Part of my job as Director of Communication is to help the offices in our area be successful in communicating with their audiences. So one thing I need to do is stay current with communication trends — NOT an easy thing to do in today’s world. I mean, think about it — I toddled off to college for the first time in 1973.
I remember taking a class on audio/visual production during which we learned how to synchronize an audio cassette tape with two slide projectors to produce a seamless visual phenomenon called a “slide/tape show”. We thought we were so cool. (Well, actually, we were pretty cool.)
Contrast that with today’s communication phenomenon called social media. Students studying communications today don’t learn how to use a machine. The profs have wised up — today’s machine is tomorrow’s landfill. So today’s students learn how to shape a message, because today, it’s not about technology. It’s about saying what you want to say in the most appropriate form and the most strategic place to connect with the greatest number of people who might care.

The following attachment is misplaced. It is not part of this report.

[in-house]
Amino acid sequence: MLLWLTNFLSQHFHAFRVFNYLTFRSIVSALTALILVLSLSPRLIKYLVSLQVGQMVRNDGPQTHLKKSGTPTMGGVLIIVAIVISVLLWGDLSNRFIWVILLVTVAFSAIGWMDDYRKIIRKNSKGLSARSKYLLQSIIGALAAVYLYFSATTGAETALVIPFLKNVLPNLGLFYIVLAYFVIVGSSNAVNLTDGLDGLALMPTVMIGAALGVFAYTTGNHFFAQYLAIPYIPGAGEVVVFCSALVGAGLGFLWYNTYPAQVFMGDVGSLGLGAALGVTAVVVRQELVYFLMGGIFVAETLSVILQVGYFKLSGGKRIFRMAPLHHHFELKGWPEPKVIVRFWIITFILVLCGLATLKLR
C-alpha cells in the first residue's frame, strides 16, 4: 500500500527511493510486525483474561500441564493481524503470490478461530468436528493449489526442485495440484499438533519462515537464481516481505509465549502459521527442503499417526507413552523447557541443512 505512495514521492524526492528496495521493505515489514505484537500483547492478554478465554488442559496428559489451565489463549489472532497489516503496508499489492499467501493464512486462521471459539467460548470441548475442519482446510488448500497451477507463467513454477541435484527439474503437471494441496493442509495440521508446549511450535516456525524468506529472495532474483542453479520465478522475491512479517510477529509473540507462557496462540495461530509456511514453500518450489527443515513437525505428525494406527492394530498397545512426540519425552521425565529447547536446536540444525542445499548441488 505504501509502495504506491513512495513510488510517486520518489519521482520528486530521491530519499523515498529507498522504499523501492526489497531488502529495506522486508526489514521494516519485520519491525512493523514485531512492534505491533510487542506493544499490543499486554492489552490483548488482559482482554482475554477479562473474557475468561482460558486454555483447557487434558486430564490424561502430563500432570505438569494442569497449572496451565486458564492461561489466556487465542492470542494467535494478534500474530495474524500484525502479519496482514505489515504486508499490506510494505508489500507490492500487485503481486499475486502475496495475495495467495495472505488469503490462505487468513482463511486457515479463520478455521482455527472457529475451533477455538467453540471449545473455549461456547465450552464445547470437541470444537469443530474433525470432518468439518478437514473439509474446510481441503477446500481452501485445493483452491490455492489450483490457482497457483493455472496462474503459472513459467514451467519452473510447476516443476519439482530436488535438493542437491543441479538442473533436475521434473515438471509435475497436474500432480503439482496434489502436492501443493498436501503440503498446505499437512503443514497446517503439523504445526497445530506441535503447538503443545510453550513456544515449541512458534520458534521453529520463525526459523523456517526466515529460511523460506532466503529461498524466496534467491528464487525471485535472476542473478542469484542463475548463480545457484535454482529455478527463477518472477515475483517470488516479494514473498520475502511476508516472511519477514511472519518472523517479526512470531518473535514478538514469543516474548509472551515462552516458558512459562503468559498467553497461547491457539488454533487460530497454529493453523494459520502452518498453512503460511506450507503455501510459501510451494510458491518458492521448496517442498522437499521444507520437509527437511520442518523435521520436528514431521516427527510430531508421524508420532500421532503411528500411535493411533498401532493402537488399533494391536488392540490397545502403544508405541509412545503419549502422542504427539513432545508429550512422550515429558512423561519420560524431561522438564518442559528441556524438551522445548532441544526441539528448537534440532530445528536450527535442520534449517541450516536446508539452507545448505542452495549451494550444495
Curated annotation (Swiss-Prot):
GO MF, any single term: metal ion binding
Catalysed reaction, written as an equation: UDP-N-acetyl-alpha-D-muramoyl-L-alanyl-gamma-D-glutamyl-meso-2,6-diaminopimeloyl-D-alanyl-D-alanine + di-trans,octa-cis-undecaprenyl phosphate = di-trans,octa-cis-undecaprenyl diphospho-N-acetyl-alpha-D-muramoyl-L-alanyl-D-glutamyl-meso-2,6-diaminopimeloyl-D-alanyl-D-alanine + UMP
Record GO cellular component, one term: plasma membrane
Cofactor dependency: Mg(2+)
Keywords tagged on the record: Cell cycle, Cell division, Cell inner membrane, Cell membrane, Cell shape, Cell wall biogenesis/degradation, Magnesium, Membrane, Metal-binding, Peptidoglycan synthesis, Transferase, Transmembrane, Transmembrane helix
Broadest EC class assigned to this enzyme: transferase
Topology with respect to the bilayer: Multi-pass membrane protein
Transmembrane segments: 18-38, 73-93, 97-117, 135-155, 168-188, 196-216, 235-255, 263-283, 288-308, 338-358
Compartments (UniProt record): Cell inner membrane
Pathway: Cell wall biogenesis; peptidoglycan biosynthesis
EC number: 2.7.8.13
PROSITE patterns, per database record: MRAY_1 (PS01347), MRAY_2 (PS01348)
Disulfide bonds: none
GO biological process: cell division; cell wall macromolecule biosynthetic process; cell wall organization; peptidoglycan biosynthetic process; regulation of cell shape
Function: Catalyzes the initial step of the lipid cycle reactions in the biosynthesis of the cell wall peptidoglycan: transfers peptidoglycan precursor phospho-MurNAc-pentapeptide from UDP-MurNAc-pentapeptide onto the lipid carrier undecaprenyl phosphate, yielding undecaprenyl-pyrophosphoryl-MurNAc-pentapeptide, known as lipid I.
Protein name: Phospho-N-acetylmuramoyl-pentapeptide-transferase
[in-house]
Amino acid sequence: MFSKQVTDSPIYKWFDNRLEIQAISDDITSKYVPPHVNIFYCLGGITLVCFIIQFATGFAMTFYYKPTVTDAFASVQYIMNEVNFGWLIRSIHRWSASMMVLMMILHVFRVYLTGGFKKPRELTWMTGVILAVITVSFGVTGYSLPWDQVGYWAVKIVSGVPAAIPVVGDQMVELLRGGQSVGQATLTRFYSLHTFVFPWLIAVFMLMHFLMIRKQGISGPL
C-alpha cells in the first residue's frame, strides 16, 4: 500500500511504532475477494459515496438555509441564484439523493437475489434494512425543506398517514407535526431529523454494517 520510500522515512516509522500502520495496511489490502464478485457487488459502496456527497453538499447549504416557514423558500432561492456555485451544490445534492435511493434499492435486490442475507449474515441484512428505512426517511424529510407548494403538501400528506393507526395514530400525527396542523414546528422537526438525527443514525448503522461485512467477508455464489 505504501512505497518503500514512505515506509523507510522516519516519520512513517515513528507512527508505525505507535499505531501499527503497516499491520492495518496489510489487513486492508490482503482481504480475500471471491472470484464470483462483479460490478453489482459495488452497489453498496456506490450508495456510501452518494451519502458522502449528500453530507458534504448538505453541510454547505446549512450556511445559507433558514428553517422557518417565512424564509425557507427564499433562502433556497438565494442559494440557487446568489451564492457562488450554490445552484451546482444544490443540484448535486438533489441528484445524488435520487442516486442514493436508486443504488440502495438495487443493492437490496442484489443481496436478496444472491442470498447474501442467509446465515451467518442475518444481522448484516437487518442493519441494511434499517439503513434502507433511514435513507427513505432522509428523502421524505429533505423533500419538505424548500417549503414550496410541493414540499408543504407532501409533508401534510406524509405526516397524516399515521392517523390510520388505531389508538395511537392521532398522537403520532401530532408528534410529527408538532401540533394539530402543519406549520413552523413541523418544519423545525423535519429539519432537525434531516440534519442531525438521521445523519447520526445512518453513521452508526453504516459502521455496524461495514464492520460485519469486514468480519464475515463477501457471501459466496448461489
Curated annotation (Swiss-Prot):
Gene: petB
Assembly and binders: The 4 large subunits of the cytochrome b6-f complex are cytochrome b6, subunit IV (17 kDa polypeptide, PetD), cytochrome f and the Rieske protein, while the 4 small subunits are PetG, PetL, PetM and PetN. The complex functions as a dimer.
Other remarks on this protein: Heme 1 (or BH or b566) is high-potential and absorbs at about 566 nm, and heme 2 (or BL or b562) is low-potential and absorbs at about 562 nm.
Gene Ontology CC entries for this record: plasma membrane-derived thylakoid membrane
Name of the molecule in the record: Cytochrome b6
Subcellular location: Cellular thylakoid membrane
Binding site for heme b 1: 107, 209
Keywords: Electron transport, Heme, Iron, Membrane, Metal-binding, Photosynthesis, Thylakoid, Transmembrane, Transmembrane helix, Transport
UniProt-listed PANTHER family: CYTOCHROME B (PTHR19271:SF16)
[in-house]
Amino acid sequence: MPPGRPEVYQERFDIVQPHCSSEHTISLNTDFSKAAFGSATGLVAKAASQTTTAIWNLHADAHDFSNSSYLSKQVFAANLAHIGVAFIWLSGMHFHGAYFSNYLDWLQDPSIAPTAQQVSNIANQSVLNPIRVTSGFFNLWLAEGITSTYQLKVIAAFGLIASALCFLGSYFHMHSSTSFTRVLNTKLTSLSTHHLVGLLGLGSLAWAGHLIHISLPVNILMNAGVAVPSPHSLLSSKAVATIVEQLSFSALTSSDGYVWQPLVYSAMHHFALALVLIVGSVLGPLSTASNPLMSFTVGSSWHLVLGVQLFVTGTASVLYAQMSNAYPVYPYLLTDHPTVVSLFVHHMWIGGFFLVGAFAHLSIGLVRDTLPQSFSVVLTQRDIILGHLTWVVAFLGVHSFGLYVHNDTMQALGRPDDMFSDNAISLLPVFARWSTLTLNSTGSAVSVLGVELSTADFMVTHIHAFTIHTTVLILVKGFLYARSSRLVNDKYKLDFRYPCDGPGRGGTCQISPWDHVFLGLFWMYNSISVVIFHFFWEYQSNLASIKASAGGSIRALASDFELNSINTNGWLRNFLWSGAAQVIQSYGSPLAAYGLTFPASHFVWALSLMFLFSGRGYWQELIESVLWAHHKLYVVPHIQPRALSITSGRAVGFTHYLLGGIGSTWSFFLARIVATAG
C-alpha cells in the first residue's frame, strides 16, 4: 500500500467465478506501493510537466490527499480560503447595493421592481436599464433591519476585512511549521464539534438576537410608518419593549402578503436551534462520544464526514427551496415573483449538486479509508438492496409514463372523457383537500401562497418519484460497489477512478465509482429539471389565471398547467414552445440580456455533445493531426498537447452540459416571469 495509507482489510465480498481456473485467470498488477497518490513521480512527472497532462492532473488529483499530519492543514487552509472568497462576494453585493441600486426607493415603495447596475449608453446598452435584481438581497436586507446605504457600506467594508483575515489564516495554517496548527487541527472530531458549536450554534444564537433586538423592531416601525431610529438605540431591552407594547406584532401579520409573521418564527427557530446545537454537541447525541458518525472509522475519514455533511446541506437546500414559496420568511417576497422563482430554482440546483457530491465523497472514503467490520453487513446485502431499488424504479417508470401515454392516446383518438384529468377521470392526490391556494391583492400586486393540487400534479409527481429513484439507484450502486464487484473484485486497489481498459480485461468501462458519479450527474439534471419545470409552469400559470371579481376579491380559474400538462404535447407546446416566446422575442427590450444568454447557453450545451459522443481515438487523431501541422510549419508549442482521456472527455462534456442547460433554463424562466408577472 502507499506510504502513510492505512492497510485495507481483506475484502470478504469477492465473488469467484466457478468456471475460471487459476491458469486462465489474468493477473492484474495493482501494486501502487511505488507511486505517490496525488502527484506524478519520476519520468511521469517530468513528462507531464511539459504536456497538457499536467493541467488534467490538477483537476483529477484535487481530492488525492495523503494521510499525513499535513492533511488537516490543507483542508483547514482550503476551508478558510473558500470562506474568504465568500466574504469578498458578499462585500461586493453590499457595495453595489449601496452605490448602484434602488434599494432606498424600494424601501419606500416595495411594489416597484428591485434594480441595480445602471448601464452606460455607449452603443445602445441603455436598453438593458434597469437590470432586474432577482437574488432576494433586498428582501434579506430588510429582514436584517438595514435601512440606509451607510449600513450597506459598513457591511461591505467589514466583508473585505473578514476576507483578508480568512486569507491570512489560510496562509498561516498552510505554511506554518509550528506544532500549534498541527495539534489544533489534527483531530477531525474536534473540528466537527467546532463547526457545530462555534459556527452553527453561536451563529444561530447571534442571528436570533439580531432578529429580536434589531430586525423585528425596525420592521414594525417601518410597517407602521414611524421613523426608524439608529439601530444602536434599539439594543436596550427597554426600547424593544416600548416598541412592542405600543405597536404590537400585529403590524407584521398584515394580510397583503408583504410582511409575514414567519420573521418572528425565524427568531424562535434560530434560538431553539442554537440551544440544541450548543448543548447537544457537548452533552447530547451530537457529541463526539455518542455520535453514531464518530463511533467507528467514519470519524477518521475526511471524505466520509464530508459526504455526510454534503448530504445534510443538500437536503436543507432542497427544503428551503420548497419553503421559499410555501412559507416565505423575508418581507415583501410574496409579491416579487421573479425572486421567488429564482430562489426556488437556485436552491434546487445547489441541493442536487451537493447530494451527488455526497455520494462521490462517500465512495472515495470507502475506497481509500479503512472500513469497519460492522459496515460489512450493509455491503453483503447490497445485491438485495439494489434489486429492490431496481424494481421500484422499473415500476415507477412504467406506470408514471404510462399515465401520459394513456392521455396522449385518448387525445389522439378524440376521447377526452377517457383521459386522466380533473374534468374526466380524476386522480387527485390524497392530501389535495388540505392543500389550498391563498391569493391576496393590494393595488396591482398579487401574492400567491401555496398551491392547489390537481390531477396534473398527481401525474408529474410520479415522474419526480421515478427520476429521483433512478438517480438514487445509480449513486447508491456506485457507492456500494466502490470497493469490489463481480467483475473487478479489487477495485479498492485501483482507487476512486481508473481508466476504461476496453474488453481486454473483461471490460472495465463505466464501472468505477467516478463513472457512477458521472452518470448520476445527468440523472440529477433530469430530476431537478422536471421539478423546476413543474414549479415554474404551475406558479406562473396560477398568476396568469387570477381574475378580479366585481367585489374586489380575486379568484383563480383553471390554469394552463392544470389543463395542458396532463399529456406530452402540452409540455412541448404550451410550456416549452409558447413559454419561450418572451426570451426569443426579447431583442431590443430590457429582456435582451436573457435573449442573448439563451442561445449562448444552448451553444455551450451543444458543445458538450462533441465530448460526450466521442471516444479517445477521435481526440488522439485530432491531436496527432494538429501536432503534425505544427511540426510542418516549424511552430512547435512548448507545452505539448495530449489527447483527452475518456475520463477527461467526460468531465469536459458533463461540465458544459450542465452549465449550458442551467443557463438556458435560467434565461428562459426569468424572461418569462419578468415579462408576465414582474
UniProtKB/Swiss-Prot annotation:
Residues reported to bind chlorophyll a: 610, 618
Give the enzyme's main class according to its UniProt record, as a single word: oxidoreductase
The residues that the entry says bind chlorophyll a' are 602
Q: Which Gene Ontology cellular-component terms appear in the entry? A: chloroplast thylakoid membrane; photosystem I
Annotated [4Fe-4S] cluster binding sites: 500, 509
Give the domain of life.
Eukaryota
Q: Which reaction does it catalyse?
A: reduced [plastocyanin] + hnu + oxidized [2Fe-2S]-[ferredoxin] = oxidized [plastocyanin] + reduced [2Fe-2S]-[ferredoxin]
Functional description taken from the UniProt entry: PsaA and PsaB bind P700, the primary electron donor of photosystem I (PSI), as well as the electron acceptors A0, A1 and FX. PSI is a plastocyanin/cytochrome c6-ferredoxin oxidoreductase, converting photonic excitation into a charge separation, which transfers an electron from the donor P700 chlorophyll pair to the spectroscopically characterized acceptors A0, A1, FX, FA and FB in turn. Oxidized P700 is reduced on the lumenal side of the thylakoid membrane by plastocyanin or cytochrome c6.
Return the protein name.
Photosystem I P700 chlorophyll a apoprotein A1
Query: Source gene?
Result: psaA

“One in every nine people on Earth is on Facebook ” Source
From Twitter’s own blog: “today (March 21, 2012) we see 340 million Tweets a day. That’s more than 1 billion every 3 days.”
So what does this mean to me? This means that I pass off the social media research and training to a 20-something staff member. Somehow that generation just gets it. They live in that world as comfortably as I live in Levi’s and tennis shoes (yes, tennis shoes. That’s what we called them for many years before they became hip and pricey and needed new names like “high tops,” or “keds” or “chucks.” Tennis shoes. And they were cool.)
I’m on facebook. I’m even on Twitter (I found it interesting that the Twitter blog capitalized the word Tweets. Did you notice that?) I have a LinkedIn account and I recently was accepted into the exclusive, invitation-only world of Pinterest. My problem is… as noted in the first sentence, I am Director of Communication, which means I have a job, which means I have things to do which means I don’t have time to to read a billion Tweets or a million fb posts, or …whatever. Then again, reading them is my job, if I want to understand today’s communication world.
Just out of curiosity — how many of you still own an audio cassette tape player?